An e-commerce marketing job at NetEase Inc., one of the largest internet companies in China, recently stated that only male candidates need to apply because "the job is tough and stressful."
Ride-hailing company Didi Chuxing Technology Co. recently said it wanted men only when advertising two web engineer jobs and a customer-operations position. Meituan-Dianping, a group-buying website, advertised a client-operations director position by saying it preferred men.
A Didi spokeswoman said some jobs require employees to lift heavy servers and machinery, so they fall into categories that Chinese laws deem inappropriate for women. She added that the company is revisiting those requirements. Didi and Meituan-Dianping removed or amended listings to withdraw the male-only specifications after being contacted by The Wall Street Journal; Meituan said it is an equal-opportunity employer.
NetEase didn't respond to requests for comment, though it changed its posting's language to delete its men-only call after being contacted by the Journal.
Gender discrimination isn't just a problem for junior employees. Wang Yijie moved back to Beijing in 2015 to co-found data security startup Cloudfort Inc. after spending 16 years in Silicon Valley working as a software engineer and senior business-development executive.
When she meets potential investors, she says, they regularly pepper her with questions that her two male co-founders would never have to answer. These include: "Does your husband approve of you starting a business?" and "How are you going to balance work and life?" A couple of potential backers also told her they liked her project but they don't invest in companies founded by women, she said.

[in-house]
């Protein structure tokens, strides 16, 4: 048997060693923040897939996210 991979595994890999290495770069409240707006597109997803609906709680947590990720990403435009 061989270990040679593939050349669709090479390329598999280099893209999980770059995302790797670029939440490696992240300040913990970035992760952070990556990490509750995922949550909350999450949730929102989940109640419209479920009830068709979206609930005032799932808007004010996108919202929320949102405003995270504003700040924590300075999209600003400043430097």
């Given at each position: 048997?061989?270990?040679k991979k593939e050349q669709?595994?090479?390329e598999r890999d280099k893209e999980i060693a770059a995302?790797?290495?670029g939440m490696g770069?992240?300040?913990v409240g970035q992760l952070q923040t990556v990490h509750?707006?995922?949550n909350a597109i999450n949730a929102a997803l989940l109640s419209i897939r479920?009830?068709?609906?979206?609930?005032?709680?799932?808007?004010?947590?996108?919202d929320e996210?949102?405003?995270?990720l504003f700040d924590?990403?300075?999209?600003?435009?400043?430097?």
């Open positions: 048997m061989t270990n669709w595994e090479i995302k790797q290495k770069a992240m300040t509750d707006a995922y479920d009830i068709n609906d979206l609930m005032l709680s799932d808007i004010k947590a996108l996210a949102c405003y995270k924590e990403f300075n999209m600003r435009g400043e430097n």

Lewd jokes in Chinese offices are so commonplace that it's tough for women to escape, says Feng Yuan, the founder of women's-rights nonprofit Equality. Many women don't know that harassment, as legally defined in China, can be verbal as well as physical, and that it doesn't have to be targeted at an individual, she says.
A midlevel executive in her mid 30s at one of China's leading startups said she used to tell male colleagues she didn't like them telling sexual jokes in front of her. Her confrontation got her labeled as "difficult," she says.
Chinese law doesn't clearly define clearly how victims can seek redress and what responsibilities employers have when sexual harassment occurs, said Ms. Feng, the activist. So it is up to companies to make sure their employees are empowered. Action by a top management can make a difference.
Jane Sun, co-founder of online booking site Ctrip.com International Ltd., has set up areas for pregnant women to lie down and they can expense daily commutes, in addition to bonuses and subsidies for childbirth.
Didi's President Jean Liu started a women's initiative to train future leaders at the company.
But as Didi's man-only job postings show, even with a woman at the top, much needs to be done to overhaul a culture that is deeply rooted not only in the tech industry, but Chinese society as well.
Write to Li Yuan at firstname.lastname@example.org
(END) Dow Jones Newswires
August 17, 2017 08:43 ET (12:43 GMT)